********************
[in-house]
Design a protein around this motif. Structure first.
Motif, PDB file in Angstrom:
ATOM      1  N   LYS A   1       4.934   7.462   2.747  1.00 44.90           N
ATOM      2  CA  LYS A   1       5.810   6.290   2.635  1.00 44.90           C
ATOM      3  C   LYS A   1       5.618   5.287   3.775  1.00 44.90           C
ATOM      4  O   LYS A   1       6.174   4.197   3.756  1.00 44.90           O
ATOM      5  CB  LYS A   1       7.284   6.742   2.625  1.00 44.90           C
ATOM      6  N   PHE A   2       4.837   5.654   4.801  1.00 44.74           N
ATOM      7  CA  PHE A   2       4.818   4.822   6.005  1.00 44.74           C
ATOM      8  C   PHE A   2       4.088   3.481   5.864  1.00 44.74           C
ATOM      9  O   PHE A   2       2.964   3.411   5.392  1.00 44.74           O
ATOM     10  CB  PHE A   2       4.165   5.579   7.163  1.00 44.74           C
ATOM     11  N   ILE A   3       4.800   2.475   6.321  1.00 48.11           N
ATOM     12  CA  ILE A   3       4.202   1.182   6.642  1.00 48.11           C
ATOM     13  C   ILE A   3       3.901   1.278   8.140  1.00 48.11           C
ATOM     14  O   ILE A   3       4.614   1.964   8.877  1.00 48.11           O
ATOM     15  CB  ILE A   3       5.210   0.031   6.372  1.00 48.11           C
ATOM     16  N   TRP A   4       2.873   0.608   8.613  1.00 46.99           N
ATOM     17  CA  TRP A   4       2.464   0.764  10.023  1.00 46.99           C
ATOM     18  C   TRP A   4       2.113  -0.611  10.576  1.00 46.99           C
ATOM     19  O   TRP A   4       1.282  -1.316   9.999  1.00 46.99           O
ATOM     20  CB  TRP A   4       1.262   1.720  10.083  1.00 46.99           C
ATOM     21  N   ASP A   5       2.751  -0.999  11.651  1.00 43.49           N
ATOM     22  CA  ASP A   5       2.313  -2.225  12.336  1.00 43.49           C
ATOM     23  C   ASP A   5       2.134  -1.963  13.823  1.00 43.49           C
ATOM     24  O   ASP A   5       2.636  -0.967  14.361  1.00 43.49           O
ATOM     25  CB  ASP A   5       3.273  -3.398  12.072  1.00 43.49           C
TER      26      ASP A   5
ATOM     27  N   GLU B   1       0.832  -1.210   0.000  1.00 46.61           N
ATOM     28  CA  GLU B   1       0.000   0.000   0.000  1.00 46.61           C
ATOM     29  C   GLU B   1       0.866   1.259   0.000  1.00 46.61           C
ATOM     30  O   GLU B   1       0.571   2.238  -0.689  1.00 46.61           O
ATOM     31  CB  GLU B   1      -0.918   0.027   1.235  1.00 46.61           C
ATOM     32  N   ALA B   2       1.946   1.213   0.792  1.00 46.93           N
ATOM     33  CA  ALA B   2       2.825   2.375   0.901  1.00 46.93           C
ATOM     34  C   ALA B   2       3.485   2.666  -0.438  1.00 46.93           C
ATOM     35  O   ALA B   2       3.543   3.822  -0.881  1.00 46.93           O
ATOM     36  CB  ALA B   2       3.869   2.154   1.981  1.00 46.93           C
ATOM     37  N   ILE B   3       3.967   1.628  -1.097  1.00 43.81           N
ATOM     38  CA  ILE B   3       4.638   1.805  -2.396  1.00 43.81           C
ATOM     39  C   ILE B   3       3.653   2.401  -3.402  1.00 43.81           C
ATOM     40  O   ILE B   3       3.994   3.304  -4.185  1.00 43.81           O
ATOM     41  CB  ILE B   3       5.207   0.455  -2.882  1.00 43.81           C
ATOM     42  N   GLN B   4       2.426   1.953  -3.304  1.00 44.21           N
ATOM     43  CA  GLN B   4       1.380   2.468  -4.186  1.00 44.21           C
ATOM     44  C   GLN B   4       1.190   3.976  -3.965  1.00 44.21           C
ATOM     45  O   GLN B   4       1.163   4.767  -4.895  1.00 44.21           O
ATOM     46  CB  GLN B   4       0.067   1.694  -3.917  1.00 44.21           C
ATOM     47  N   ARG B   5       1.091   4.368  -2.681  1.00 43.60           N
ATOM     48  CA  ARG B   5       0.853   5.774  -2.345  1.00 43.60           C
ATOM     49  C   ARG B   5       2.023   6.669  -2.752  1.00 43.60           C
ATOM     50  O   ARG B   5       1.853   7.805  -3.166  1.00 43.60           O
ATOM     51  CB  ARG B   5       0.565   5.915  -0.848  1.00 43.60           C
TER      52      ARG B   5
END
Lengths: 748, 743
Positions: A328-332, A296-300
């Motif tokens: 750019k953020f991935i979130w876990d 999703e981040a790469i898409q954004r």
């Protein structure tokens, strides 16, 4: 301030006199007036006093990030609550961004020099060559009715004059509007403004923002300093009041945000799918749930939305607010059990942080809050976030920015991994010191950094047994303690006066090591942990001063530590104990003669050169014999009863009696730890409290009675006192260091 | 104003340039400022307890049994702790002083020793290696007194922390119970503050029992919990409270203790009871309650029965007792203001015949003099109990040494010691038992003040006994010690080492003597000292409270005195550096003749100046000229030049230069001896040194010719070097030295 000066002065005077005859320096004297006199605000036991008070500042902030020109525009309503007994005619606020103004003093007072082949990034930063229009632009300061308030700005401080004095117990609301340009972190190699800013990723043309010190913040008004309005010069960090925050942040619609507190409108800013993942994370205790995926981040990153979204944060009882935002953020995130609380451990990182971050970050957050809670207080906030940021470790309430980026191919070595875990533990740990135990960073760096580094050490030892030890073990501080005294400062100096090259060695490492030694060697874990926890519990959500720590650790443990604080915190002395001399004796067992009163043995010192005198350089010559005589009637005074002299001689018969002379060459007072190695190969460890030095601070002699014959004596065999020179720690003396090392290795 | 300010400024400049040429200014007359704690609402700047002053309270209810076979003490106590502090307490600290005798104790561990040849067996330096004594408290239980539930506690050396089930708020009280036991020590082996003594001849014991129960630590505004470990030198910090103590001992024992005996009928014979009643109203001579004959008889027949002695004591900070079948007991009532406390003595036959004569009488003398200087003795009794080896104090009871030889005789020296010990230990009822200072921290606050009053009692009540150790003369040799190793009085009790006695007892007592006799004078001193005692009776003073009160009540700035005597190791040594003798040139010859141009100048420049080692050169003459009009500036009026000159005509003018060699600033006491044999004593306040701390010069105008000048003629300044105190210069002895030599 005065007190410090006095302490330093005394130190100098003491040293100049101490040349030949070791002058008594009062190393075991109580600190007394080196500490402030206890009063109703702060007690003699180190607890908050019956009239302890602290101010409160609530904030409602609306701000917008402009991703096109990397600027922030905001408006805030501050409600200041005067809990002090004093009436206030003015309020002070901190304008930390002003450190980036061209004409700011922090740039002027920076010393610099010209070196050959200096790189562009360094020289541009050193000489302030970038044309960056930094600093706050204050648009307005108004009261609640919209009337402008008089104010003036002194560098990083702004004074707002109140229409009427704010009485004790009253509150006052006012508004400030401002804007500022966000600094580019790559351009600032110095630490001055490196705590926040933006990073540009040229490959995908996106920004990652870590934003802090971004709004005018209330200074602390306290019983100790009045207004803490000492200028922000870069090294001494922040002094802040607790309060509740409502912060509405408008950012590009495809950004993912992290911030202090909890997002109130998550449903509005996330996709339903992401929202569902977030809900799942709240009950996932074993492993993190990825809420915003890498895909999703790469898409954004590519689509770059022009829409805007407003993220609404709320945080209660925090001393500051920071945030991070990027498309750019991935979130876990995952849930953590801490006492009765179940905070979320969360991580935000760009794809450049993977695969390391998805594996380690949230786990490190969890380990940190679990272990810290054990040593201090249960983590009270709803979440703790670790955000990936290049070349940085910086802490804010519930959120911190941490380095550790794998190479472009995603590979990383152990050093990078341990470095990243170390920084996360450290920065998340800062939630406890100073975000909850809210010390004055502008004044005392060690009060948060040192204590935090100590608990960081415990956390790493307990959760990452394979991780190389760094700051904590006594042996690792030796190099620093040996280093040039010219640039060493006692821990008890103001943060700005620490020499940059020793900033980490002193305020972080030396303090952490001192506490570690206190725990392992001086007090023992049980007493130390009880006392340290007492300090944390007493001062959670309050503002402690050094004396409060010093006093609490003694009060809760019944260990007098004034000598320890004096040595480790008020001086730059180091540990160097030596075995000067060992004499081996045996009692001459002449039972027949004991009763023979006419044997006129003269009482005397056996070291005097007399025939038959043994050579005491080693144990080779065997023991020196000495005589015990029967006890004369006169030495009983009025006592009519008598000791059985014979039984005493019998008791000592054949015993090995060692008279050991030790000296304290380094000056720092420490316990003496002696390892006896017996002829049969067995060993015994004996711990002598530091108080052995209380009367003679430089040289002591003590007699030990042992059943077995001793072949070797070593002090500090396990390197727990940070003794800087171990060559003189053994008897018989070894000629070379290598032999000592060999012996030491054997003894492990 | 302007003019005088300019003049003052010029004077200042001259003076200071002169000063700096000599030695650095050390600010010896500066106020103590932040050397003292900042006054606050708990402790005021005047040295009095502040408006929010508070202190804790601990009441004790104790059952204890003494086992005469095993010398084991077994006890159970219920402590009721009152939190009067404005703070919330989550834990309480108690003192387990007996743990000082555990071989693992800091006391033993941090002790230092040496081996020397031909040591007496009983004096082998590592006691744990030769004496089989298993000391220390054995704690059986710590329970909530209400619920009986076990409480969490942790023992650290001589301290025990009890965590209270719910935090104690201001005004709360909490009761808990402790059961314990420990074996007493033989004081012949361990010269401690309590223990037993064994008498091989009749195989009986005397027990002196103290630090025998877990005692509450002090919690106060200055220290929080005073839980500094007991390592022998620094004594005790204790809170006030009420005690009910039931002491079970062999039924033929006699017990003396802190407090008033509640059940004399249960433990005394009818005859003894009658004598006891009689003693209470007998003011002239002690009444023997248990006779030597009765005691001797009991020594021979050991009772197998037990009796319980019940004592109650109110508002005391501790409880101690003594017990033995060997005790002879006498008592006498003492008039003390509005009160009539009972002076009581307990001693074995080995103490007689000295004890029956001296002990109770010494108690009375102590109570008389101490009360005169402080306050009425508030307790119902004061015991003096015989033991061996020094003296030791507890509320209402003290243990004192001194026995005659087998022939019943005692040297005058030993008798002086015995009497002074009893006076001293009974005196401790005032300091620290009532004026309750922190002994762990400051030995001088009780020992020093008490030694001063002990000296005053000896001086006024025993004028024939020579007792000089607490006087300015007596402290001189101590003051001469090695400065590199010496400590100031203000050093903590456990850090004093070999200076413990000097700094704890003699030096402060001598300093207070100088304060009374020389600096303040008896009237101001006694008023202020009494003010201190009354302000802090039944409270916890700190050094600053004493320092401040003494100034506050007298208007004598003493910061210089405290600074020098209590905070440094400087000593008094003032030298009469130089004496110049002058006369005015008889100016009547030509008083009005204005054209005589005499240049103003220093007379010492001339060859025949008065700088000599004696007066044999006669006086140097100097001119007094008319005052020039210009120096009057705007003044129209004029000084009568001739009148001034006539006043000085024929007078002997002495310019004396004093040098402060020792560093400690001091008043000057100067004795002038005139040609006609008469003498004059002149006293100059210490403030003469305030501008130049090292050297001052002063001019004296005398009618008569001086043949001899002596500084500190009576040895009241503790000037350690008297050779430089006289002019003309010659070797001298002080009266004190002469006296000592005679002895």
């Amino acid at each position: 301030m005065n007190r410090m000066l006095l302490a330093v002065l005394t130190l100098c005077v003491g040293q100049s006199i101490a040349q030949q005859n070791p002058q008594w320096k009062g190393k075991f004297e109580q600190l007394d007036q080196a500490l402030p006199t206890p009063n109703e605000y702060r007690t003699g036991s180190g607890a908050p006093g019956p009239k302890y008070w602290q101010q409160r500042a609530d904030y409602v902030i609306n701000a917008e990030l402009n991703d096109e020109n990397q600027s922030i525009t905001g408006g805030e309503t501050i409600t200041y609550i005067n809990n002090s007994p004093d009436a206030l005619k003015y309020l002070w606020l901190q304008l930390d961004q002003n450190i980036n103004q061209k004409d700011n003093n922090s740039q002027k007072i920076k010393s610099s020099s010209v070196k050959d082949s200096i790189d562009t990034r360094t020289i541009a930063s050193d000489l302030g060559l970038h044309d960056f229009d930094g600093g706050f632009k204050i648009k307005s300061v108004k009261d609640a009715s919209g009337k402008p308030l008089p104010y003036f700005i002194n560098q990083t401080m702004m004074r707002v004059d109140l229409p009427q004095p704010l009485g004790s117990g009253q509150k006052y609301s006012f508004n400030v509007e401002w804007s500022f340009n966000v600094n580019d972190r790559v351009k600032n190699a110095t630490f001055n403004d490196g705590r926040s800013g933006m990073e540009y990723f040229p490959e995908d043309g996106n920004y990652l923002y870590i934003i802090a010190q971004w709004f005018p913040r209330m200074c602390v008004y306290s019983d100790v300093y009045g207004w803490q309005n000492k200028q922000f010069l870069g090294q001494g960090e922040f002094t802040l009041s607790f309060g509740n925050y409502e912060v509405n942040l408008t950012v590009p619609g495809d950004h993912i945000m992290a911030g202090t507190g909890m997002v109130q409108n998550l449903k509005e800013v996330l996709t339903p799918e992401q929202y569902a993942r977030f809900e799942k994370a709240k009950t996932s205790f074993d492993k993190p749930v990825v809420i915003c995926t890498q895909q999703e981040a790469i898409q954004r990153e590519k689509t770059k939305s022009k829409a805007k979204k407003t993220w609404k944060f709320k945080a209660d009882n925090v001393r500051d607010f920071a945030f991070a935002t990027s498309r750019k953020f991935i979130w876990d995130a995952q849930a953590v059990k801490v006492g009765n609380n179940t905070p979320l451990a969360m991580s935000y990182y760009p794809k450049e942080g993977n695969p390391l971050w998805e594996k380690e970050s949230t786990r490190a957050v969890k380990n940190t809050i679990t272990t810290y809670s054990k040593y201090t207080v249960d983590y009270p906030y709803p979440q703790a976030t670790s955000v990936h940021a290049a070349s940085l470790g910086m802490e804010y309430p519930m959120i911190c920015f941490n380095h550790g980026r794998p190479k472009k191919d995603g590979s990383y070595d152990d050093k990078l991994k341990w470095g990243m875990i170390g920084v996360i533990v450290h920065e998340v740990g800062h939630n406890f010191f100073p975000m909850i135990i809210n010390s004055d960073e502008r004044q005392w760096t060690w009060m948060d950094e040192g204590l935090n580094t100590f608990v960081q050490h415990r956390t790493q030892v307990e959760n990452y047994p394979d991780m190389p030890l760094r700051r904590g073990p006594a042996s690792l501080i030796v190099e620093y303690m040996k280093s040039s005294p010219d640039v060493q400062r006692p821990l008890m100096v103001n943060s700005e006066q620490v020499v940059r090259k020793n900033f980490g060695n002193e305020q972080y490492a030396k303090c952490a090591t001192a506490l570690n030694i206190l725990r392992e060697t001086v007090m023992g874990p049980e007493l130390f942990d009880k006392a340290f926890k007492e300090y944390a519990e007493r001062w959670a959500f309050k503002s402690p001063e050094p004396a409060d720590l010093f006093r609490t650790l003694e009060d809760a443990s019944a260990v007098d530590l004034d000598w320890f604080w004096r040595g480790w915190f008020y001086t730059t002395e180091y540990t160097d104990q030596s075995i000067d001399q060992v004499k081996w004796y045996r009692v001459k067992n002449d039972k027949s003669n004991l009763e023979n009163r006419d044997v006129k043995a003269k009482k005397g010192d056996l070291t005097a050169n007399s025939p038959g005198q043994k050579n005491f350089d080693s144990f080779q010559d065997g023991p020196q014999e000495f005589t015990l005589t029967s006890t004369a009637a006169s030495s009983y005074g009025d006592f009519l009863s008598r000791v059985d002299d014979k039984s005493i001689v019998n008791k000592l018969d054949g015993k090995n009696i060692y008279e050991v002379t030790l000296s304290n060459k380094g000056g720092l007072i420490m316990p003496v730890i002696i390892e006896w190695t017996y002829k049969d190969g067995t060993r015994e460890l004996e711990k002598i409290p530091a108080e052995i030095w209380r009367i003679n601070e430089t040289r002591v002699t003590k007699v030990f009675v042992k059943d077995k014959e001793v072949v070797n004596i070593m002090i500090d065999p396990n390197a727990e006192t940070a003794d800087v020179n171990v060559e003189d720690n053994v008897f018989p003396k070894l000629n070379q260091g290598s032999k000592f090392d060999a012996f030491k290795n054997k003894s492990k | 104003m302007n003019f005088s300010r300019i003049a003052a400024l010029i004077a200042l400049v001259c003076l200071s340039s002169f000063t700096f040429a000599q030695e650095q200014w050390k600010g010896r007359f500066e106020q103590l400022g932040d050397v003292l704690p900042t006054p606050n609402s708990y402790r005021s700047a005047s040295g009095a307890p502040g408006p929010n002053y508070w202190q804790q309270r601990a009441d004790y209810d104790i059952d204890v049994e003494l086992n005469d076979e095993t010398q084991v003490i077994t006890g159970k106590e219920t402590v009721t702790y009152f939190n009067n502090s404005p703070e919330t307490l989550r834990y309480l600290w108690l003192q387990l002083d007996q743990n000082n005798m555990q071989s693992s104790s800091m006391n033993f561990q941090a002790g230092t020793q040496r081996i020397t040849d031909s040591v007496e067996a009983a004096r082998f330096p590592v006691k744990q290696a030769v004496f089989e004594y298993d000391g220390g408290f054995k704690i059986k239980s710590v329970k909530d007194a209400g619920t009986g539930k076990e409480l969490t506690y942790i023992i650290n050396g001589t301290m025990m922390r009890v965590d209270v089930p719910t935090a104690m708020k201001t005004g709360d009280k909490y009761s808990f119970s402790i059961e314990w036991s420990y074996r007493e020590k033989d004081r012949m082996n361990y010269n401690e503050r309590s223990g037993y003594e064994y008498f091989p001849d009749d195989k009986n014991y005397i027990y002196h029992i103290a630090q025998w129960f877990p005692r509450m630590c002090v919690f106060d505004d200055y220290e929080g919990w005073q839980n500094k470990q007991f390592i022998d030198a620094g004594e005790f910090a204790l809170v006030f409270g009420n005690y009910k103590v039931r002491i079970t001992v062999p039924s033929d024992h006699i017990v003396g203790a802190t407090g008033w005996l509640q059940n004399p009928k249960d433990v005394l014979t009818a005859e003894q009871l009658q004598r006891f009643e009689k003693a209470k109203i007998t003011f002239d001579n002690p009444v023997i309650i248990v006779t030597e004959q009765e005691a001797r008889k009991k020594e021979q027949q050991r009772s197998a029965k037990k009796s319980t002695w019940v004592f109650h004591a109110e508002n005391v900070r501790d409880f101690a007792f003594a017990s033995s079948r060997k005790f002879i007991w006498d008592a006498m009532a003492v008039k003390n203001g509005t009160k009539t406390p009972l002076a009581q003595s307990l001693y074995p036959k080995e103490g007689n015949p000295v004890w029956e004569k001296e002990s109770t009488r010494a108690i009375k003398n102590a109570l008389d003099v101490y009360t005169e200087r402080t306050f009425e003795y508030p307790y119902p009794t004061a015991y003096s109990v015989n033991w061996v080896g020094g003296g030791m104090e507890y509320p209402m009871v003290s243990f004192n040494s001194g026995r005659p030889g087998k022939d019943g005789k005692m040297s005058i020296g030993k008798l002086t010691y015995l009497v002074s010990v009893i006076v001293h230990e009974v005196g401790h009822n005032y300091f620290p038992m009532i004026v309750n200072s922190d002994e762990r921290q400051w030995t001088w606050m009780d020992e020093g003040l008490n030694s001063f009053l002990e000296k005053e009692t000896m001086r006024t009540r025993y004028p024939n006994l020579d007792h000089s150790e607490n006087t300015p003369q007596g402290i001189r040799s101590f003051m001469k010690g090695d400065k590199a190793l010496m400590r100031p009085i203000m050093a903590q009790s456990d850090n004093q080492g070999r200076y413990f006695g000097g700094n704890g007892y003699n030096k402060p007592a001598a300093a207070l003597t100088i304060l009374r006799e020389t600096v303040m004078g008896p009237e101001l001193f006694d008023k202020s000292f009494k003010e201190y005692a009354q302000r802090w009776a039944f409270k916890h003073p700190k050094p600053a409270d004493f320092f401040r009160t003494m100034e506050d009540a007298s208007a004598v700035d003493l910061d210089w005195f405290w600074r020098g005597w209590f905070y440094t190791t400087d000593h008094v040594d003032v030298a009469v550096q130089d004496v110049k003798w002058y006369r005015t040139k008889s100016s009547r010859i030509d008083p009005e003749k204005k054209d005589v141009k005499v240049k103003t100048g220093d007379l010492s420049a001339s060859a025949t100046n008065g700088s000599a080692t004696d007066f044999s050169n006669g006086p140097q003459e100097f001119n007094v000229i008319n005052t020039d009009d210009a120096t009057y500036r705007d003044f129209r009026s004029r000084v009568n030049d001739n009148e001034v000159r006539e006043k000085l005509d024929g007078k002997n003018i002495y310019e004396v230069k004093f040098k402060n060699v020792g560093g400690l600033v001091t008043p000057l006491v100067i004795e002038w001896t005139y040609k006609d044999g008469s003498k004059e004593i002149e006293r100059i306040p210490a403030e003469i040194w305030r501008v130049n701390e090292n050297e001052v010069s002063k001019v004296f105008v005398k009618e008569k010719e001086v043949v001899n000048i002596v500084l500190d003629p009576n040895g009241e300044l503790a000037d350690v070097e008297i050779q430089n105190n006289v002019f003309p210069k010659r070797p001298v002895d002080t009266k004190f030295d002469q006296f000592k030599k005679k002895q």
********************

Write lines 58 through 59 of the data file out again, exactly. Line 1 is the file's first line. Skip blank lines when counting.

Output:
Positions: A328-332, A296-300
């Motif tokens: 750019k953020f991935i979130w876990d 999703e981040a790469i898409q954004r």